STOCKTON - Stockton Chief of Police Eric Jones said Tuesday morning the gunfire-sensing program called ShotSpotter has worked in his city.
"The intelligence given to us through ShotSpotter has led to multiple arrests of chronic shooters," said Jones.
ShotSpotter has been in use for about six months at no cost on a trial basis. ShotSpotter CEO Ralph Clark said he's confident Stockton can obtain funding once the success of the tool is realized.
"There's a lot of resources out there we can tap and we're confident, with this story, people will step up," said Clark.
Clark said other cities using ShotSpotter have received funding from the U.S. Department of Justice, Department of Transportation and HUD.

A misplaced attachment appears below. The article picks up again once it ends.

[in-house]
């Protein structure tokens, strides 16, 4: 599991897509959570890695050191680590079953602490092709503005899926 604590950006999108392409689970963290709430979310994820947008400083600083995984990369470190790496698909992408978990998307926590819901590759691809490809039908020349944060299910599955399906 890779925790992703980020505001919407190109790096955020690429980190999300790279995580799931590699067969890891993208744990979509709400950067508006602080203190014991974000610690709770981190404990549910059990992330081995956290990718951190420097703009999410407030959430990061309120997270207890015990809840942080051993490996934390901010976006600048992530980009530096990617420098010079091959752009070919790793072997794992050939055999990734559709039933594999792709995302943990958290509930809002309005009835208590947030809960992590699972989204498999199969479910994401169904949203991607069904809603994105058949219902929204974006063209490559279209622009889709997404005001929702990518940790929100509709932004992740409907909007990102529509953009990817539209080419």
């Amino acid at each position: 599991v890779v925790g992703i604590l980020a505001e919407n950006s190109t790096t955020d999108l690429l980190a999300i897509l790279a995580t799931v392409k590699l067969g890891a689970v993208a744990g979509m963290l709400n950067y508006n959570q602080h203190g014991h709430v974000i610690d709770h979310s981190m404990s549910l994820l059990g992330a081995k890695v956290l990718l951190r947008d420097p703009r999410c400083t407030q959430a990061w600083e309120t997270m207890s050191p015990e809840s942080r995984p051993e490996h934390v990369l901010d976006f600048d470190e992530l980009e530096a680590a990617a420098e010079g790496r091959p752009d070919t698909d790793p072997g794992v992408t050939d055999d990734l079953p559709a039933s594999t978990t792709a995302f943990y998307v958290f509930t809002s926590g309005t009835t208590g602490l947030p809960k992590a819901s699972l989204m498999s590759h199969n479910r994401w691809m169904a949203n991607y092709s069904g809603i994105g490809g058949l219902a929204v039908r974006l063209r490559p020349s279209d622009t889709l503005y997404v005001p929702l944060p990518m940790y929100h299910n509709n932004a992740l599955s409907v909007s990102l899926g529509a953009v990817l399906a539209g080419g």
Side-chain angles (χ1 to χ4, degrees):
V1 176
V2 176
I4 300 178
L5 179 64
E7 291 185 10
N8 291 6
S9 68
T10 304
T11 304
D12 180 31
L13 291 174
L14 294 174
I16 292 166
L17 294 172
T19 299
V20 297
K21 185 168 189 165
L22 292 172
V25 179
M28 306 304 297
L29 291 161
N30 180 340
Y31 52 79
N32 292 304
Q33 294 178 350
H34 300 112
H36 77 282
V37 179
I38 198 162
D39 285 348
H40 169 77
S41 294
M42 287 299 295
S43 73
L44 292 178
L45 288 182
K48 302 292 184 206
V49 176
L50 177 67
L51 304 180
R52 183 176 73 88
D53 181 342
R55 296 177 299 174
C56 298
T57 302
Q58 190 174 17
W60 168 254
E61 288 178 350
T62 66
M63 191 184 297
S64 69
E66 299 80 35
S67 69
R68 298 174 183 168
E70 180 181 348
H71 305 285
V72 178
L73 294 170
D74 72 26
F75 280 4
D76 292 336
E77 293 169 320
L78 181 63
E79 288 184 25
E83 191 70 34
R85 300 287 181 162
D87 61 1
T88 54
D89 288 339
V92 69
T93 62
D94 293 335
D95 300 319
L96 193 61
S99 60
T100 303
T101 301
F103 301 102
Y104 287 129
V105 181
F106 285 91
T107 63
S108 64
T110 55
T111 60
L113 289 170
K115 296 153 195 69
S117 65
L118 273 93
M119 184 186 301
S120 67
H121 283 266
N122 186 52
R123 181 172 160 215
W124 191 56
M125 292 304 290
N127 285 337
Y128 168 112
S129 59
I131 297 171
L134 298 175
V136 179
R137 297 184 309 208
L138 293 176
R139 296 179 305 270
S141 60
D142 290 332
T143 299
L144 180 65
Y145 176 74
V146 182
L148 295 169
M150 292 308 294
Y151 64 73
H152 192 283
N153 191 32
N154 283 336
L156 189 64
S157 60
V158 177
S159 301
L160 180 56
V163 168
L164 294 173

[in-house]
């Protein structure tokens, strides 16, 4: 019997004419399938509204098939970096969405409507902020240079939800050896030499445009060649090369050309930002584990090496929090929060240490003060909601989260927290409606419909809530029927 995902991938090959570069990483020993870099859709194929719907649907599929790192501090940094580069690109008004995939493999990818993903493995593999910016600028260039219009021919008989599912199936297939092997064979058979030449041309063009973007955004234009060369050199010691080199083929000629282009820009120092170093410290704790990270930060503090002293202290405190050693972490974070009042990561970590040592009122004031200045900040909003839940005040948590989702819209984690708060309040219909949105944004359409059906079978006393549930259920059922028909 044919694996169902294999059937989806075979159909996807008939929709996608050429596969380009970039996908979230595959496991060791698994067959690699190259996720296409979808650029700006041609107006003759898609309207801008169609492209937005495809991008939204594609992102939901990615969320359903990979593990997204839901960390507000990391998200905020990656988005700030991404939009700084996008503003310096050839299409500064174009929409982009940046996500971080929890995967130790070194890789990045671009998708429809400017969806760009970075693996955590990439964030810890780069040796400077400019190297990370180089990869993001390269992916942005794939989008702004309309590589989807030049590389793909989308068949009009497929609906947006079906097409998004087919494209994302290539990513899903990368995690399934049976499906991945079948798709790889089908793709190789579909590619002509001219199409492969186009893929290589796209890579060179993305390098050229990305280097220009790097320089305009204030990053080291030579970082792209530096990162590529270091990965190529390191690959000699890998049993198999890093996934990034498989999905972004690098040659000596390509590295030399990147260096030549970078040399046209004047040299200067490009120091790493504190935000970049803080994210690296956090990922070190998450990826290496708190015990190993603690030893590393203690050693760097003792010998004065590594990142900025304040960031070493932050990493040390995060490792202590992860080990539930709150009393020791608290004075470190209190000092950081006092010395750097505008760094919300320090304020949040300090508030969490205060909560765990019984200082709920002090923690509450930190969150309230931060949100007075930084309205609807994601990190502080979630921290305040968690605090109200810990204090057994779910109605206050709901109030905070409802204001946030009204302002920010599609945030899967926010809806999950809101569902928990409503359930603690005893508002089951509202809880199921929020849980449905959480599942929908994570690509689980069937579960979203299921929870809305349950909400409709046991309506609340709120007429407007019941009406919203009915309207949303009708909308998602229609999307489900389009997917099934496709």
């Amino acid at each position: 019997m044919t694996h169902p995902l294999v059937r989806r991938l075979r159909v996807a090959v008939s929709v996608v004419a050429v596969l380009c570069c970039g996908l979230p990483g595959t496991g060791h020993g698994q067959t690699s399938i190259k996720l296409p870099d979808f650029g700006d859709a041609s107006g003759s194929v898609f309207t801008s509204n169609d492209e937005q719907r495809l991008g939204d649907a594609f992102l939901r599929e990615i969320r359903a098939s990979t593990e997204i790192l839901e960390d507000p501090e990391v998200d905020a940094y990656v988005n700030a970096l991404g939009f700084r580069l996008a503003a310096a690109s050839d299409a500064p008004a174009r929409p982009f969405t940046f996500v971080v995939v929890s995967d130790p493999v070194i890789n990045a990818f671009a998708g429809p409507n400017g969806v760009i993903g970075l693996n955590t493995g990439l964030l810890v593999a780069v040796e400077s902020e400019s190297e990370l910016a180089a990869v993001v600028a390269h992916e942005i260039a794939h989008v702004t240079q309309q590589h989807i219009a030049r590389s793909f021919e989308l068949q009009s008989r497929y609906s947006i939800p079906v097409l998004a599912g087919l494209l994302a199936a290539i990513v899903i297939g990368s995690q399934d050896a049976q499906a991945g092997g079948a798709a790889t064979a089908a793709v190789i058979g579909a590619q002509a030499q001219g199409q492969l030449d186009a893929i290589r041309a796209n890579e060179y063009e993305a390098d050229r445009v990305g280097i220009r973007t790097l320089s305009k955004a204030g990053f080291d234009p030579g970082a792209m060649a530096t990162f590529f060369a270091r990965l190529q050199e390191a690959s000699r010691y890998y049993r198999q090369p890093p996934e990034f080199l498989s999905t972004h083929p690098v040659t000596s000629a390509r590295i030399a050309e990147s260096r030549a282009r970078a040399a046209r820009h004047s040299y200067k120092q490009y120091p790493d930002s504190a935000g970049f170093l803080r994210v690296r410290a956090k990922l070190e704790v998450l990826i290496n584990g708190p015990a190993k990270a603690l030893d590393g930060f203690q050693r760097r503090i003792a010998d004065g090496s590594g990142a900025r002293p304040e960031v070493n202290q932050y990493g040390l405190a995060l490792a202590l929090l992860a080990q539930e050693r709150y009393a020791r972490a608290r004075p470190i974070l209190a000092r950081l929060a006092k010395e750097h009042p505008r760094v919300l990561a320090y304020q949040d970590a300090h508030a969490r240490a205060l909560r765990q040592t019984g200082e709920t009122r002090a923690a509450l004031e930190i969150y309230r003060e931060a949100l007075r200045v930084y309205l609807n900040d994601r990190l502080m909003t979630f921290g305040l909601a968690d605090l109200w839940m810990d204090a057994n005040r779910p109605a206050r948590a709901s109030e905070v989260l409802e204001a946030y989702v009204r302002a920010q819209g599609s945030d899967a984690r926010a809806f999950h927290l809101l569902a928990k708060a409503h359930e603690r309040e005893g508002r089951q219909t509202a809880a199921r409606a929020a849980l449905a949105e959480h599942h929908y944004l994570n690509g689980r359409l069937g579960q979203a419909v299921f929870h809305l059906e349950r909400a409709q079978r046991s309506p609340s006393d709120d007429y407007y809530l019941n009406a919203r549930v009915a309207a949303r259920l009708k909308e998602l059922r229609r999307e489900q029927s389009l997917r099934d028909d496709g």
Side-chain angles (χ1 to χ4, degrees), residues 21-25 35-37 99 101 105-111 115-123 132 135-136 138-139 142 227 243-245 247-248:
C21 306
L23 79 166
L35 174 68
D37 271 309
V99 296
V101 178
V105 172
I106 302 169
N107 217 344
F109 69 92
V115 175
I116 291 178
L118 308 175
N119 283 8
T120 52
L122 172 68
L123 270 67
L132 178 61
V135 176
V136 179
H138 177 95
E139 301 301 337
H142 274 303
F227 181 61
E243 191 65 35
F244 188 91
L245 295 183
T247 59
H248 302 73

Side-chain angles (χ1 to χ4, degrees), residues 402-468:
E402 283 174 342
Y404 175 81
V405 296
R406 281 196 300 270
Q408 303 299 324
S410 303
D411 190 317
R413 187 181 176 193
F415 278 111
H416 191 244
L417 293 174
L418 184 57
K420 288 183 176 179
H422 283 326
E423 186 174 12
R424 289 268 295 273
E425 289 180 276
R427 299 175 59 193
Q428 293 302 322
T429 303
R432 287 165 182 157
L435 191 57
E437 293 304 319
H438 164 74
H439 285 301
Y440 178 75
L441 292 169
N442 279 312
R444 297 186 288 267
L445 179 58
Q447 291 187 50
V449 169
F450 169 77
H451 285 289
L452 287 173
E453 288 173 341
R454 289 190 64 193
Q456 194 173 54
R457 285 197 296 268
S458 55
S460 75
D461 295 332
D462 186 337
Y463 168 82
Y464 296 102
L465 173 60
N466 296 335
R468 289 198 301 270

A square mile of coverage costs about $55,000 annually. With Stockton still in bankruptcy, it's not expected the city can afford that sort of cost.
ShotSpotter has donated its equipment and manpower to Stockton for the trial period. Clark said that's because he went to the University of the Pacific in the late 70s and he still has a soft spot in his heart for Stockton.
Jones said it was too soon to know how Stockton will pursue funding for further ShotSpotter use. The trial period lasts another few months.